This is a big deal for two reasons:

  1. Domain name is a core part of brand identity
  2. It’s easier to get AMP analytics with your own URL

(Note: Google only links to signed exchanges when the publisher, browser, and search context all support it. That means you’ll need to publish both the signed exchange version and the non-signed exchange version of your content.)

2. Server-side rendering (SSR)

Server-side rendering (SSR) is a technique you can apply to AMP pages to make them load even faster — up to 50% faster as a matter of fact.

SSR works by improving first-contentful-paint times (FCP) for frameworks rendering the page client-side. The downside of client-side rendering is that all JavaScript necessary to render the page needs to be downloaded first, which delays page content load time and could potentially increase bounce rates.

As a solution, AMP SSR removes the AMP boilerplate code and renders the page layout on the server.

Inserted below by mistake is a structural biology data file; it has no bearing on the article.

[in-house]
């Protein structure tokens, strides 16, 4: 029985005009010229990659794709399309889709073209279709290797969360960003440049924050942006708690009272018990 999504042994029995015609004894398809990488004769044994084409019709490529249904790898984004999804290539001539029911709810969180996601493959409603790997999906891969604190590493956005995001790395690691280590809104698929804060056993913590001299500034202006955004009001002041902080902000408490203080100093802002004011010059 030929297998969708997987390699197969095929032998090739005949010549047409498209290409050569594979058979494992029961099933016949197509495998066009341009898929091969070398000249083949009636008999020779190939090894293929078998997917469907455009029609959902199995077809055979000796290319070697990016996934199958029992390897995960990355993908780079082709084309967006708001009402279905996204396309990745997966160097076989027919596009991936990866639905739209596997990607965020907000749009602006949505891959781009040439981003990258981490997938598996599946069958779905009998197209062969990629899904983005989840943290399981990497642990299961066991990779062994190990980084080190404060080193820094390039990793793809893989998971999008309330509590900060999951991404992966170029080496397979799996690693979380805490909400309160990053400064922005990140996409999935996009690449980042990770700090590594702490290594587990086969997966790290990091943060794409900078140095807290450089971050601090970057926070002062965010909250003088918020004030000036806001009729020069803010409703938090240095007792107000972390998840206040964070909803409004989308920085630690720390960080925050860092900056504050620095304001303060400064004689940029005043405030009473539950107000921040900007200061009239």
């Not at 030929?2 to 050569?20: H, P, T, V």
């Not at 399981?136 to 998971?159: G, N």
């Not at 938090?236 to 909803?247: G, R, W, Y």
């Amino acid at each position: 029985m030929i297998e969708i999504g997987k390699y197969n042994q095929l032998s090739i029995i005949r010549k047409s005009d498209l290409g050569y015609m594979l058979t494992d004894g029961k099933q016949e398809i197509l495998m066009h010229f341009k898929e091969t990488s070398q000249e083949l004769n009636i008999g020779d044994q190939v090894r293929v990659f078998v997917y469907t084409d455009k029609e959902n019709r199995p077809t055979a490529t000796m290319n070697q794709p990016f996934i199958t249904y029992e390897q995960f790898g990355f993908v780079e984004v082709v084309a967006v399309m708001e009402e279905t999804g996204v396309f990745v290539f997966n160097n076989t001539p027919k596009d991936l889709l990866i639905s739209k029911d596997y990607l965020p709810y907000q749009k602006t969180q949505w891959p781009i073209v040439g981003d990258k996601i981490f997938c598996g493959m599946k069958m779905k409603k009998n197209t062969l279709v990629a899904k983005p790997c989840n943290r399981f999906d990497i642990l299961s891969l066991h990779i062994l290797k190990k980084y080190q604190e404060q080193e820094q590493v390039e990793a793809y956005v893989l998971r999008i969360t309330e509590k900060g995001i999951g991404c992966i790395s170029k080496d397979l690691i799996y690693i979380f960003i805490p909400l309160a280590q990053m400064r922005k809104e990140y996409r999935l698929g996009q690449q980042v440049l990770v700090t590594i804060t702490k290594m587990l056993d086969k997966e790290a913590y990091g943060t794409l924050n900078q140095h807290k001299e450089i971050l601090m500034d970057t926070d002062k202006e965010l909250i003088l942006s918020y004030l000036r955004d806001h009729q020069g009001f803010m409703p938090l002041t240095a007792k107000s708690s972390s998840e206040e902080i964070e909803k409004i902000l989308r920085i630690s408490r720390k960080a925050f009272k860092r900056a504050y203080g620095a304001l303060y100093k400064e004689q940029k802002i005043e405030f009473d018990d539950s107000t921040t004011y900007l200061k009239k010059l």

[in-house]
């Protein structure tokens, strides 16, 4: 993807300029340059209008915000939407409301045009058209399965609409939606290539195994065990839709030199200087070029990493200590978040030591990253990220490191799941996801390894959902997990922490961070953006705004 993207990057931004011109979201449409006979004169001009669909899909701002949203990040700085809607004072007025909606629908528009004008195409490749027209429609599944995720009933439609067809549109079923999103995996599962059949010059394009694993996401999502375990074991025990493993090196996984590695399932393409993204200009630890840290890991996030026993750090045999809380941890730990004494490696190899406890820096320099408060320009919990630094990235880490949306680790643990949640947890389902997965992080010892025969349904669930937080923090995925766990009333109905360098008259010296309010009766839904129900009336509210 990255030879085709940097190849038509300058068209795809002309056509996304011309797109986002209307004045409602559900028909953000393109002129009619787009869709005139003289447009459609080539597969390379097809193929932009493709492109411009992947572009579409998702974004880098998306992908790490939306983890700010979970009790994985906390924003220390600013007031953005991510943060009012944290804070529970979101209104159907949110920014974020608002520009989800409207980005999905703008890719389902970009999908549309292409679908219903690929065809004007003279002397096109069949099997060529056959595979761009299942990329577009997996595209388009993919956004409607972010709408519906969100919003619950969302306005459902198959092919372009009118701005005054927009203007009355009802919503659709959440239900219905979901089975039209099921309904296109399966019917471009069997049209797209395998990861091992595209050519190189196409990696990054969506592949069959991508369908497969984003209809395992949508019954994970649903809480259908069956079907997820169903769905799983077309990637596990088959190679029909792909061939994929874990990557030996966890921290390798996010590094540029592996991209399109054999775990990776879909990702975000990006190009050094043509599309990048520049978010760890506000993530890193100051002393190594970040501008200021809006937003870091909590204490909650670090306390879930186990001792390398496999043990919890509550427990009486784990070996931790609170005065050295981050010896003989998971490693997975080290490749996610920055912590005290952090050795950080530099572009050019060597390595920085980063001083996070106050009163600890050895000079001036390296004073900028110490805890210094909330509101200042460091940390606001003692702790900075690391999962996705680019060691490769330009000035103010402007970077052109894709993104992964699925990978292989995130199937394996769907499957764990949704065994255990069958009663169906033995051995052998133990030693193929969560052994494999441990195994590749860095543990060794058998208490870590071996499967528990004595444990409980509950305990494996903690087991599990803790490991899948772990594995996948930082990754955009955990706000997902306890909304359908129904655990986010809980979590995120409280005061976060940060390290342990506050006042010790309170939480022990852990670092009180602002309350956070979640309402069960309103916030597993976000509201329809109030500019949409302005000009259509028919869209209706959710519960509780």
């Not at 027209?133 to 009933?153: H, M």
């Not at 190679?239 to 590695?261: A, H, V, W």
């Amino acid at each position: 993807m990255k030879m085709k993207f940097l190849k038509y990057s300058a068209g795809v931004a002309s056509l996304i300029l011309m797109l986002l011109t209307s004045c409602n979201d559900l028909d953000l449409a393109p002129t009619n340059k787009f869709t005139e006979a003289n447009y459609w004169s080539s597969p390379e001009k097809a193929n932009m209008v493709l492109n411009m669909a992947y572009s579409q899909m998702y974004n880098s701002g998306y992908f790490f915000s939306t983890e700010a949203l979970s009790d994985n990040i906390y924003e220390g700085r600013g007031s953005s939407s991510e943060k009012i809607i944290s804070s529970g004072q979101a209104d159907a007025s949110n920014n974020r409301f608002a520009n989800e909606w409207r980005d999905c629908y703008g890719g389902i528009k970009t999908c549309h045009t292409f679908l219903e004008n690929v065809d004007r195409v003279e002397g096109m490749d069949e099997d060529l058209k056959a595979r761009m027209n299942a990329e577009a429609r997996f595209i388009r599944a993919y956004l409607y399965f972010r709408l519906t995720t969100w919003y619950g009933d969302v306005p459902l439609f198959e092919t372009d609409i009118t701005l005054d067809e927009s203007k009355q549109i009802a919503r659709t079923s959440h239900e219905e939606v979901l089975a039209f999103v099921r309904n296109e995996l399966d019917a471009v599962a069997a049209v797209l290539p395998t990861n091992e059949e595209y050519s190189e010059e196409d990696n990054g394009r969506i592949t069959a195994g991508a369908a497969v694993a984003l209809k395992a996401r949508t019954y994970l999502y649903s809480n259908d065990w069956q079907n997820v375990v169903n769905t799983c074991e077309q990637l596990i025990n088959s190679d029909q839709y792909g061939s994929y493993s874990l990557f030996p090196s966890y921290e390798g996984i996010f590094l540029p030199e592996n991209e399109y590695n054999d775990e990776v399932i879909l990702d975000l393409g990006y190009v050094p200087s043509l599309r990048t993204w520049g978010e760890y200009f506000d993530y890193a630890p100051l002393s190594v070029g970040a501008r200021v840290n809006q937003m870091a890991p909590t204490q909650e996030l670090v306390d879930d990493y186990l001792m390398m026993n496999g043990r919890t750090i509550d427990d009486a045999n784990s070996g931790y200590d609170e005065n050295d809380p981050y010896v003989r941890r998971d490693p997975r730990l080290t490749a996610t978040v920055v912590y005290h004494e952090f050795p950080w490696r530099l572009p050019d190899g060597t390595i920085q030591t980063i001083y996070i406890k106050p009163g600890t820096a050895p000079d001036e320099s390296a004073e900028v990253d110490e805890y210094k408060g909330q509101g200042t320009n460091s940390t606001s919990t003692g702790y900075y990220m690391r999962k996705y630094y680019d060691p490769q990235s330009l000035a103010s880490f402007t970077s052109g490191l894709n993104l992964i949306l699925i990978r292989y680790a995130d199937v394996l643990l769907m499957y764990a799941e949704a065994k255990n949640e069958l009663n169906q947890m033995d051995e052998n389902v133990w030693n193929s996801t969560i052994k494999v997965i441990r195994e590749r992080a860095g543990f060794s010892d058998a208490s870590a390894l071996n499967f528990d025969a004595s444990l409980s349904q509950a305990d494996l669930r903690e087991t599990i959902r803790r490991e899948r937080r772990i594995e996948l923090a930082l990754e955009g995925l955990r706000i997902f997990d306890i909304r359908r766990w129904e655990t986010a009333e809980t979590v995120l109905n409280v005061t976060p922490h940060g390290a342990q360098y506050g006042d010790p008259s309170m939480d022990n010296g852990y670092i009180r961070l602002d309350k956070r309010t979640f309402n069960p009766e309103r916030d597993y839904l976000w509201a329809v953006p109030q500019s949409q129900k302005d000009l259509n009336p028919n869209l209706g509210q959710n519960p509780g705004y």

(Note: The AMP boilerplate code exists to prevent content jumps during page load, hiding content until the AMP framework has been downloaded and the page layout is established. That’s why AMP pages suffer from the same problem as other client-side frameworks — rendering is blocked until the JavaScript is downloaded.)

By removing the boilerplate code, AMP SSR results in 50% faster FCP times.

SSR’d AMP optimizations break the rules of the AMP spec, which makes the document invalid. However, as long as it’s indicated with a flag during setup, the AMP validator will still treat SSR’d AMP as valid AMP.

Currently, there are two tools available for AMP SSR: